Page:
by Jennifer L. Nelson

As a rule, and often out of necessity, interventional cardiologists are as cool and detached as they come. Fayez Shamoon is the exception that proves the rule.

By Jennifer L. Nelson

How frail the human heart must be. When Sylvia Plath penned those words she could hardly have anticipated the work of Dr. Fayez Shamoon, the newly appointed Medical Director of Cardiovascular Services at Trinitas Regional Medical Center. Whether performing a heart-valve replacement procedure, or springing into action to save a patient’s life after suffering a heart attack, Dr. Shamoon blends world-class technical skill in interventional cardiology with a level of personal involvement which, for decades, has set him apart from his peers.

“Cardiology is a fascinating, procedure-oriented field,” he says, “but it’s the time I spend with patients that I find most rewarding. Once you do something for them, you can just tell how much they appreciate it.”

Learning Curve

Although he keeps himself busy consulting with patients and providing life-saving cardiac procedures, Dr. Shamoon remains committed to the pursuit of education. Along with co-authoring some 50 peer-reviewed articles, he actively participates in clinical trials and studies to do his part to advance the field of cardiac care. He is currently the Program Director of the General Cardiology Fellowship and Interventional Fellowship programs at Seton Hall University’s School of Health and Medical Science. Since graduating from medical school, he has shared his knowledge at a range of academic institutions in various capacities. “One of the most enjoyable parts of what I do is interacting with residents and fellows,” he says. “I’m a teacher by nature, and never believed I belonged in private practice.”

Dr. Fayez Shamoon, Director of Cardiovascular Services (left) confers with Dr. John D’Angelo, Chairman of the Department of Emergency Medicine, about the life-saving potential of field as-sessments of patients suffering heart attacks caused by blocked arteries, known as STEMI.

That’s the easy part of the job, Dr. Shamoon insists. In an environment where technology and procedure are ever-changing, he must remain laser-focused on the latest surgical practices and treatments. “Cardiology is such a progressive, high-tech field…and there are so many advances in the pipeline,” he says. “It’s very exciting.”

Among Dr. Shamoon’s proudest moments as a cardiologist are when he succeeds in keeping a patient out of the operating room; his expertise in the latest cardiac procedures can often spare patients from traditional open-heart surgery. While on-site at Trinitas, he can almost always be found in the Cardiac Catheterization Lab. When a patient is suffering from a heart attack, Dr. Shamoon is among the first on call. Every minute counts (with 90 minutes of arrival being the industry-accepted maximum), and the team at Trinitas routinely cuts 15 to 20 minutes off its “door-to-balloon” time — significantly improving the success rate of a life-saving angioplasty procedure. Trinitas remains one of the only medical centers in New Jersey to provide a direct line to cardiac care by allowing patients experiencing an ST segment elevation myocardial infarction (STEMI)—in layman’s terms a heart attack caused by a blocked coronary artery—to bypass the emergency room and head straight for the cardiac unit. “This is really my major work,” Dr. Shamoon explains.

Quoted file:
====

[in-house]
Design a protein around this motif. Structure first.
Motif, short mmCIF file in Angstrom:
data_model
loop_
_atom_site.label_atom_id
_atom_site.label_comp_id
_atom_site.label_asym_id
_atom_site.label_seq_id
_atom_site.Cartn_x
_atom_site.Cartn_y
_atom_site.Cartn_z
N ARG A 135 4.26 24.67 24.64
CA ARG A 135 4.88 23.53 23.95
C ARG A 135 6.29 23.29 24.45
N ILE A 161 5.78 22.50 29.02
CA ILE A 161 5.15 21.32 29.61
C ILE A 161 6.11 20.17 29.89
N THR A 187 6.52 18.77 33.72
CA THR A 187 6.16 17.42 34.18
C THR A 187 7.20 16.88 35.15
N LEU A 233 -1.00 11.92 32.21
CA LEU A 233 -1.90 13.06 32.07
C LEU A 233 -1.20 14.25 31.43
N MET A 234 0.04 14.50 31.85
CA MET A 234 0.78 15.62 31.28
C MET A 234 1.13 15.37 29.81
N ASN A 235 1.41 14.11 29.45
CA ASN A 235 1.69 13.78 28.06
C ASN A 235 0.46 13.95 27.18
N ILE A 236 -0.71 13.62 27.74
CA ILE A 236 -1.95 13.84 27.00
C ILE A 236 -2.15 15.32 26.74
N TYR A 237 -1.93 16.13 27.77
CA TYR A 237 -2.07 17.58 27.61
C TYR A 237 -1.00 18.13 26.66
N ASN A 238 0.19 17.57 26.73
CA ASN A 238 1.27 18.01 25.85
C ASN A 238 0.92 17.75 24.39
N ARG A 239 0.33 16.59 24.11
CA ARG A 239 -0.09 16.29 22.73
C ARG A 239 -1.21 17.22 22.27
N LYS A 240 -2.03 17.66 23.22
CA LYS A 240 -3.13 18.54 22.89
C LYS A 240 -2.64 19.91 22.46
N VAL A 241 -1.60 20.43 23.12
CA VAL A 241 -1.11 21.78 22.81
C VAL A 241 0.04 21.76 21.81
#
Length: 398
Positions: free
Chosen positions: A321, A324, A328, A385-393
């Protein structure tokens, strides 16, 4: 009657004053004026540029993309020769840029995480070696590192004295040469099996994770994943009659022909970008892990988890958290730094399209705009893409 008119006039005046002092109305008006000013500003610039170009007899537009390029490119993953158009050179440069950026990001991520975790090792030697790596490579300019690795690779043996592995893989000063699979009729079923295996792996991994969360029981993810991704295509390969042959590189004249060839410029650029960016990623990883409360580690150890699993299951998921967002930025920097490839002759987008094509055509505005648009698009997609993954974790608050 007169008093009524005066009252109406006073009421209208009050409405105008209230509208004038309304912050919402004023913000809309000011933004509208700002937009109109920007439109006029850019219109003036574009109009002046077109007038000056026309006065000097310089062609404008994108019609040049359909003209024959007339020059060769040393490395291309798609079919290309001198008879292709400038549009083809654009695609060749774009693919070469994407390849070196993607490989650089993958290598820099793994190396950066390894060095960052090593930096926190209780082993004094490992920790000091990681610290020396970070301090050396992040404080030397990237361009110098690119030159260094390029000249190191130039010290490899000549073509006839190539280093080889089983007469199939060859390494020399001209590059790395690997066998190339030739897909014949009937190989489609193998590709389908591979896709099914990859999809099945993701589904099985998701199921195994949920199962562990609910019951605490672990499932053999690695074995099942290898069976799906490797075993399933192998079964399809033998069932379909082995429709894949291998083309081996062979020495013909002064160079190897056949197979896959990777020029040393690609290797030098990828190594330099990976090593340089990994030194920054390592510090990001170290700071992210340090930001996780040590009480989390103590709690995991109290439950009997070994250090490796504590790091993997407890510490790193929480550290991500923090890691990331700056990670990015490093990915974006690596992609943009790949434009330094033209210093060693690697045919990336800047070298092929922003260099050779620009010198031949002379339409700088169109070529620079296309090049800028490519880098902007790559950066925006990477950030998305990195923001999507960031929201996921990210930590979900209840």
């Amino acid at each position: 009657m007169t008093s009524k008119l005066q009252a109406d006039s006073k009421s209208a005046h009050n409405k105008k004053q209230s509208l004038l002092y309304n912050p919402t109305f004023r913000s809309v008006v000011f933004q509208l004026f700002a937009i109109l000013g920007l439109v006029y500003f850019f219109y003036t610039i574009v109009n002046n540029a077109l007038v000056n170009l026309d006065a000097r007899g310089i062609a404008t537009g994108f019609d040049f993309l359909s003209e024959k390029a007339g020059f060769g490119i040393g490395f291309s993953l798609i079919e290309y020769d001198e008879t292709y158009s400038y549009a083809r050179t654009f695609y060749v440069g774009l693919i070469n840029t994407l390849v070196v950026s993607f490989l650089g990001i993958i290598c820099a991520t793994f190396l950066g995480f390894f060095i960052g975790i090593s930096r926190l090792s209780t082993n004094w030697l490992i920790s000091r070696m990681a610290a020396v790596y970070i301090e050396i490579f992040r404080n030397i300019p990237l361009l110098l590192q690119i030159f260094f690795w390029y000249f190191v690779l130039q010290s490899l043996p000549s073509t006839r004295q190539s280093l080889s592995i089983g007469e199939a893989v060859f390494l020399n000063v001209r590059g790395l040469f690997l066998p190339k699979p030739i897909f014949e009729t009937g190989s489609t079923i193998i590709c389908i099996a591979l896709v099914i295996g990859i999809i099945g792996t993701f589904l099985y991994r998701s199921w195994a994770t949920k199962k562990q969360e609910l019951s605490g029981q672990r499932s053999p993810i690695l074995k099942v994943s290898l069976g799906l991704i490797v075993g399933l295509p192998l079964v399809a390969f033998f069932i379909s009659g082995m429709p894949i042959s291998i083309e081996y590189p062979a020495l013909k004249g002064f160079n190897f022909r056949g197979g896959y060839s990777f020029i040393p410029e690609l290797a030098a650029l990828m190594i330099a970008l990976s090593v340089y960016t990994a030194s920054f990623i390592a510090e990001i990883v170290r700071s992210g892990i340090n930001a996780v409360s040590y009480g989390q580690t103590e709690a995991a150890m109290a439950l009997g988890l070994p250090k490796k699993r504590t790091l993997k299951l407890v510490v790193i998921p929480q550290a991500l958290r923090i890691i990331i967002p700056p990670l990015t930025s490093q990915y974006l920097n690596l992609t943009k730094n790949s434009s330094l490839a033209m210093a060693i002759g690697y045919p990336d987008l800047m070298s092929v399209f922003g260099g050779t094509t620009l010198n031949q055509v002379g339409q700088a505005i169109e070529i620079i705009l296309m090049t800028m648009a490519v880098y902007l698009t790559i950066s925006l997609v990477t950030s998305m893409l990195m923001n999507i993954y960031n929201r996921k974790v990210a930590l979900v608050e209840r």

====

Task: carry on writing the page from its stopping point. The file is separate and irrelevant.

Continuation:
Janice Learn, RN, Director of the Cardiac Catheterization Labora-tory, works closely with Dr. Shamoon in caring for patients who undergo elective and emergency cardiac procedures at Trinitas.

Dr. Shamoon also makes himself available to perform an array of clinical procedures—including aortic valve replacements where patients may need him in other institutions in Northern New Jersey. One of his specialties is a cutting-edge technique that allows surgeons to replace a heart valve through a catheter inserted into a small incision in a patient’s groin, ultimately sparing them from open-heart surgery. “They wake up the next day and it’s like nothing ever happened,” he smiles.

Dr. Shamoon received his medical degree and training overseas at the University of Jordan and Jordan University Hospital. He spent years as an ER physician at hospitals in Northern New Jersey and then established a private practice in North Arlington in the late 1990s. But, the cardiologist has always felt the tug of the community. Now in Elizabeth, he has planted himself firmly in the realm of hospital care, where his breadth of experience can benefit the widest possible audience.

“Trinitas is truly a community hospital, and I pride myself on being able to provide a real service for the region,” he says. “When patients need me, I can offer my skills to them right where they live.”

Editor’s Note: You can contact Dr. Shamoon in his office at (908) 994-5333.